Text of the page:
Rock Writing, 1992
Annette Lawrence, American, born 1965
Lava and limestone rocks
Overall: 120 × 72 in. (304.8 × 182.9 cm)
Museum purchase funded by AT&T, New Art/New Visions, and the Wilder Foundation

Habits of Mind

  • OBSERVE DETAILS Observe details / time to think and reflect

Rock Writing

Discussion through works of art encourage how to approach ambiguous and complex ideas, thoughts, and feelings. The MFAH offers a democratic space where students and teachers can develop, practice and articulate these habits of mind. Remember that the quality of the conversation is what is important, not finding the artist’s “answer.” Slow down and take the time to make careful observations. Talk about what you notice, and try to avoid jumping to conclusions and interpretations. Be sure to give enough time for silent looking and thinking.




Language Arts



Observe Details

Connecting to the Work of Art

Annette Lawrence was born in Rockville Center, New York, in 1965. She received a bachelor’s degree in fine arts from the Hartford Art School in 1986 and a master’s in fine arts from the Maryland Institute College of Art in Baltimore in 1990. Lawrence then moved to Austin, Texas, and later to Houston, where she became an artist-in-residence for the Community Artist’s Collective and then for the Houston Housing Authority’s Project Bridge, sponsored by the Texas Commission on the Arts. In 1992 Lawrence was featured in the exhibition Fresh Visions/New Voices: Emerging African American Artists in Texas, held at the Glassell School of Art at the Museum of Fine Arts, Houston. A year later, she joined the school’s Core Program. Lawrence also has held teaching positions at Houston Community College; the High School for the Performing and Visual Arts, Houston; and the University of Houston, Downtown. She is currently a professor at the University of North Texas, Denton. Her work has been featured at the Contemporary Arts Museum, Barnes-Blackman Galleries, and Inman Gallery in Houston, as well as ArtPace Foundation for Contemporary Art in San Antonio and Gerald Peters Gallery in Dallas.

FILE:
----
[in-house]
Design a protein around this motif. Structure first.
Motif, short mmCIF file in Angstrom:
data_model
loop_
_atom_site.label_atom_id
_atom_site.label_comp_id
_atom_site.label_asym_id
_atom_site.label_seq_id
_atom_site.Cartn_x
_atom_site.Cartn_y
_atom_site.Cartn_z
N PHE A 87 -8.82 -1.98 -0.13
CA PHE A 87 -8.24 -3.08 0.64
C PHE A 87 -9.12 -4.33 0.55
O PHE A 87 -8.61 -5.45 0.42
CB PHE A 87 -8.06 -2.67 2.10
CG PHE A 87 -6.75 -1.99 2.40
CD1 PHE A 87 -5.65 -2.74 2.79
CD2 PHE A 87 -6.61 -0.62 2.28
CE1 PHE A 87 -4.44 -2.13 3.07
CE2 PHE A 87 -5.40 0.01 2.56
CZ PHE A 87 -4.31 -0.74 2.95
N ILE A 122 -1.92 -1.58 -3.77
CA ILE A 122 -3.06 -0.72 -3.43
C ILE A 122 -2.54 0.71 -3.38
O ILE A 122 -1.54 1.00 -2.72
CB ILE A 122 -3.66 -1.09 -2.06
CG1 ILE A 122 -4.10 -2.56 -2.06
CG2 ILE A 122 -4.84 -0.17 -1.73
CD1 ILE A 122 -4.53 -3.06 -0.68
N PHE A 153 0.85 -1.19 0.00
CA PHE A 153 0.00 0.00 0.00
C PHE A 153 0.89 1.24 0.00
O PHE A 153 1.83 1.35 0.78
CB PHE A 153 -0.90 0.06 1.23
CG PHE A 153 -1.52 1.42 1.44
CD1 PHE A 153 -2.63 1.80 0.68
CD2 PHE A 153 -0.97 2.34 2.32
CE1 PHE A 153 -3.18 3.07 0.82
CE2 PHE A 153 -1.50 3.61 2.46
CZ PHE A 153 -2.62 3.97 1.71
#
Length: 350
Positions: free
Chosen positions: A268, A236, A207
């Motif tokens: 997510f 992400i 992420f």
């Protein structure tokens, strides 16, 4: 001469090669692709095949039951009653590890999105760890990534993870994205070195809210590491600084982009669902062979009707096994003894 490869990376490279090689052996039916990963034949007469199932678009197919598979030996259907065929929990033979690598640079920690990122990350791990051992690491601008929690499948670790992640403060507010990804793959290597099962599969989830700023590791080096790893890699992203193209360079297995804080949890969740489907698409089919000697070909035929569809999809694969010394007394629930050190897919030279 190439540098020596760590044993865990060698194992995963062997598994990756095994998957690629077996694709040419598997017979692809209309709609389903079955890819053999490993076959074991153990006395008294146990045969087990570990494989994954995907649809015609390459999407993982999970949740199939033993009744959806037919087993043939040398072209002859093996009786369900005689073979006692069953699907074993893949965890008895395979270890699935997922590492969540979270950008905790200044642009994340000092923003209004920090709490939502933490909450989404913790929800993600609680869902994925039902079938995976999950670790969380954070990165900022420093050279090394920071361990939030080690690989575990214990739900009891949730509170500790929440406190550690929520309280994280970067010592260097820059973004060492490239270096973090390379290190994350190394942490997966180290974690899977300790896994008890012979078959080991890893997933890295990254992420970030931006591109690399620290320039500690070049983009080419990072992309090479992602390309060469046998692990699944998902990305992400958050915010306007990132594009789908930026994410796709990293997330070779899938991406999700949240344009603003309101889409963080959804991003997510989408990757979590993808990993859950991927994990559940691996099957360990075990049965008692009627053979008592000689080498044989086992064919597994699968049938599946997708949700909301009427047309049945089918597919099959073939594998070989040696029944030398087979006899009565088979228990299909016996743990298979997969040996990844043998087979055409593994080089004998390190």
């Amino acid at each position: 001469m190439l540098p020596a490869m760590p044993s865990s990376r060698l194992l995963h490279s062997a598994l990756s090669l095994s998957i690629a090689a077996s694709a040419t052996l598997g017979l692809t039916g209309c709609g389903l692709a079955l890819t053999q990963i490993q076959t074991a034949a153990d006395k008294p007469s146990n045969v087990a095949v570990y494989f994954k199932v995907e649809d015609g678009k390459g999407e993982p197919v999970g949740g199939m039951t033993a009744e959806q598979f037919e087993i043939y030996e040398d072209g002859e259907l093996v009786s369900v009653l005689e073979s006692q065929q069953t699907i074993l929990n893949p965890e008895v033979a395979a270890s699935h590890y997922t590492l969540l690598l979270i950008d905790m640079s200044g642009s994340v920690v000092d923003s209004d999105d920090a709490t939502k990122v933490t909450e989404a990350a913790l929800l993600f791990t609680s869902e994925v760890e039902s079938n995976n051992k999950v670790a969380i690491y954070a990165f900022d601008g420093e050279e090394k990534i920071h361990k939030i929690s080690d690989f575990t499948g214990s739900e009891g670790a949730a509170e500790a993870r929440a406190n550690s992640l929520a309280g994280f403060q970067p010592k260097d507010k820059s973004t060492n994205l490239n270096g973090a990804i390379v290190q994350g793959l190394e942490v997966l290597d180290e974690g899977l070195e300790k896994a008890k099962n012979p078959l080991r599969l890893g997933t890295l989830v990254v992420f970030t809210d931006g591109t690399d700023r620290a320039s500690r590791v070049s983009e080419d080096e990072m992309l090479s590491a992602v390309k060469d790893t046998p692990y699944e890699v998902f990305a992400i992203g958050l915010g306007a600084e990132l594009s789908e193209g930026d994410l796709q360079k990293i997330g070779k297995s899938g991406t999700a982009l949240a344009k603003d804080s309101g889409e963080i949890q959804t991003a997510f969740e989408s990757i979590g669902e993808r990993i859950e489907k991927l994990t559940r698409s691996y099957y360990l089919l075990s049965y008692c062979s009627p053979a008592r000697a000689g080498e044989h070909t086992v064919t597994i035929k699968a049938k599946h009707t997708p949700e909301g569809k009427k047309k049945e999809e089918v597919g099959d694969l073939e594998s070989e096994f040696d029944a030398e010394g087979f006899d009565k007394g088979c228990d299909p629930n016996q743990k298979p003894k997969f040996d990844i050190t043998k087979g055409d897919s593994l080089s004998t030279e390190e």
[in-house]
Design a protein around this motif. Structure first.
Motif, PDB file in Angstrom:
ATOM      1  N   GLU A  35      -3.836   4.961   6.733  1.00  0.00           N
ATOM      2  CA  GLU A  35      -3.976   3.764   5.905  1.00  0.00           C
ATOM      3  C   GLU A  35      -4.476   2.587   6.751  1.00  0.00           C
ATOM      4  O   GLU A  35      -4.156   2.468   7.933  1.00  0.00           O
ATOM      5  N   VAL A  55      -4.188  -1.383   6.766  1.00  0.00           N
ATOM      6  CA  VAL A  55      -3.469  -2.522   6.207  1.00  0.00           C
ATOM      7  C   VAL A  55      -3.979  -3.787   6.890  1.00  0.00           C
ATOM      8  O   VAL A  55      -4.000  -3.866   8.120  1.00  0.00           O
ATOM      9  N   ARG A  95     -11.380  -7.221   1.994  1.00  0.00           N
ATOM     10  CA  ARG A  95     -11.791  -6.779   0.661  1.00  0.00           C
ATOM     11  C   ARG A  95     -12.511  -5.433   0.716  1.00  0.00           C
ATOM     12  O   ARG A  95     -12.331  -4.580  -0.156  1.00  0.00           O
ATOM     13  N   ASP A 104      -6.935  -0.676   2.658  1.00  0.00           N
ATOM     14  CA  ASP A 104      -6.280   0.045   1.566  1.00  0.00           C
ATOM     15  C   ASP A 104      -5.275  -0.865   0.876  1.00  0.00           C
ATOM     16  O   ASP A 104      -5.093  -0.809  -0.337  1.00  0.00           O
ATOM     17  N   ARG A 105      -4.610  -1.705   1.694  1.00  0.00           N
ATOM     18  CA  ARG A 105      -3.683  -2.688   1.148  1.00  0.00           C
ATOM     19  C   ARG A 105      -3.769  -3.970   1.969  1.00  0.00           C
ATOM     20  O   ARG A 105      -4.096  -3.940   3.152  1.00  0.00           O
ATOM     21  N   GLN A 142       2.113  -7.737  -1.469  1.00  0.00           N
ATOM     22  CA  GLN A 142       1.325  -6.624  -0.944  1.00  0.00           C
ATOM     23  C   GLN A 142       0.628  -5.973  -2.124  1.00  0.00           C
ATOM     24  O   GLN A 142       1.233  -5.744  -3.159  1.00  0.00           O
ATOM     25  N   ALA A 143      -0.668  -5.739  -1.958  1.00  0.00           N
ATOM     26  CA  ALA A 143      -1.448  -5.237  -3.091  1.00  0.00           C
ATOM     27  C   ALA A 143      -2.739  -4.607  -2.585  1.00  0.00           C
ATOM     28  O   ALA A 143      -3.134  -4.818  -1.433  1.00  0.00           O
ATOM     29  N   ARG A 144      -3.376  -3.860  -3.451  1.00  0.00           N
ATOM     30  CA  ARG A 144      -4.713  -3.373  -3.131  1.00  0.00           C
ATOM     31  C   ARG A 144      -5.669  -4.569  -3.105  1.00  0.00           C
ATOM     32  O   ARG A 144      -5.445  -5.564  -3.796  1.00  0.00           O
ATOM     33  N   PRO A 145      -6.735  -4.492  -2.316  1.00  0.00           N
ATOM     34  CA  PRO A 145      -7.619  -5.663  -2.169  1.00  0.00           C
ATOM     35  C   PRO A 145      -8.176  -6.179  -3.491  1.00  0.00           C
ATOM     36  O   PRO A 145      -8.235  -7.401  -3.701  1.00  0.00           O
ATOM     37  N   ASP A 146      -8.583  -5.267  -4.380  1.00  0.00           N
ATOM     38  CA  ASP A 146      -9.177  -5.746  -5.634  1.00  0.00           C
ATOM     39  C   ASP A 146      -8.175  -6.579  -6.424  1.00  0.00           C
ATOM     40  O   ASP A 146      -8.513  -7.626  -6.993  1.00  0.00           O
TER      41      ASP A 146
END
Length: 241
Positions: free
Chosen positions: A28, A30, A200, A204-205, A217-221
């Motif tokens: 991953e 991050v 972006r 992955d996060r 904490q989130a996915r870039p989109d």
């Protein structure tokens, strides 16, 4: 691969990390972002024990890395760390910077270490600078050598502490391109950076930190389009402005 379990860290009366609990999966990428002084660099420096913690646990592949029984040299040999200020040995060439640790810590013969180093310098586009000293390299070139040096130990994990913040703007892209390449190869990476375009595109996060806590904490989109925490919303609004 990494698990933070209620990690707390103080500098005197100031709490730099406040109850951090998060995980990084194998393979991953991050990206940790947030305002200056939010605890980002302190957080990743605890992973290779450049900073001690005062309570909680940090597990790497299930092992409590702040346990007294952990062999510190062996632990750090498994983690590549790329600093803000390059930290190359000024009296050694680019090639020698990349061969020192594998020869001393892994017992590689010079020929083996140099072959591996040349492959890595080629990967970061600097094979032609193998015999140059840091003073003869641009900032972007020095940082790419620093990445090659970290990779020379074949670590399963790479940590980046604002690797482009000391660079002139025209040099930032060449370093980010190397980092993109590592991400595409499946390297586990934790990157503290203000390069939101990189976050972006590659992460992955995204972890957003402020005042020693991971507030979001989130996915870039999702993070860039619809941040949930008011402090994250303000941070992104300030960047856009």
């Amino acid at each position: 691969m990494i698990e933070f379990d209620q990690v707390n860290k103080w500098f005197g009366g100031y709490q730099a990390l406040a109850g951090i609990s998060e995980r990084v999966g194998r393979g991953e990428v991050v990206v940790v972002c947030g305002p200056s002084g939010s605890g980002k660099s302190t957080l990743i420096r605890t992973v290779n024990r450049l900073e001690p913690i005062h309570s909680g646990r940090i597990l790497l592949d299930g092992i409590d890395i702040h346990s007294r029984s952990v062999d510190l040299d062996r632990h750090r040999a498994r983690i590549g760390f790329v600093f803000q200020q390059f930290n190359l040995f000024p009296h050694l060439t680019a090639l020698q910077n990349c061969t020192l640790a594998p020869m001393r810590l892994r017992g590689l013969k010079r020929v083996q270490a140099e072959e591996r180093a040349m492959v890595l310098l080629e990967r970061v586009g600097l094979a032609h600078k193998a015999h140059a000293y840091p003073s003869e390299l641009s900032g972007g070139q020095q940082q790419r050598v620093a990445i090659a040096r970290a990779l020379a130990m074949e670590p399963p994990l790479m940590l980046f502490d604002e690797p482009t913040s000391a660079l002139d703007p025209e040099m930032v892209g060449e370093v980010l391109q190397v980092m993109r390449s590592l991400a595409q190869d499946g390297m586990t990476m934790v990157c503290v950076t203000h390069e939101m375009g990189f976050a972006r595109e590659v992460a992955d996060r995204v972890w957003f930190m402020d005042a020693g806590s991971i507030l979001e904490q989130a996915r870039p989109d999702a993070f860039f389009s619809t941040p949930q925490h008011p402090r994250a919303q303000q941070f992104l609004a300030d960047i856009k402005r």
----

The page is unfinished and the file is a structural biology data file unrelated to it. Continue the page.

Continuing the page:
In Rock Writing, Lawrence uses language and stone to create an image that addresses racism and the emotions it incites. Black lava rock, a stone created by volcanic upheaval within the Earth, is used to spell out the words “They Must Don’t Know Who We Are.” The white background is comprised of limestone, which is formed under much calmer geological conditions. Lawrence heard the phrase during the time of the Los Angeles racial riots that followed the Rodney King verdict. Uttered by a friend to lessen the tension in the air while waiting to be seated at a restaurant, Lawrence sought to infuse the demanding strength of these words in her work. To Lawrence, the phrase means “you (America) are not reacting to me appropriately, you don’t know me.” She believes that “the viewer is drawn into identification with this work, even though the phrasing is black.”


As Lawrence explains:

The phrase “They Must Don’t Know Who We Are” expresses the indignity of those who have been inappropriately received on account of the vanity and presumptuousness of Western Culture. The   syntax indicates a point of view that cannot be expressed using “correct” English. “Must” is used to emphasize the attitude of the speaker. The attitude comes from the feeling that “They” should know better than to not acknowledge “We” with due respect. “They” and “We” are applicable as the reader chooses.


The words in Rock Writing are literally written in stone. The permanence implied by writing in stone, and the value placed on permanence in Western Culture are debased by the form as an installation that changes each time it is assembled and disassembled. The value of Rock Writing is found in the meaning, not in the materials used.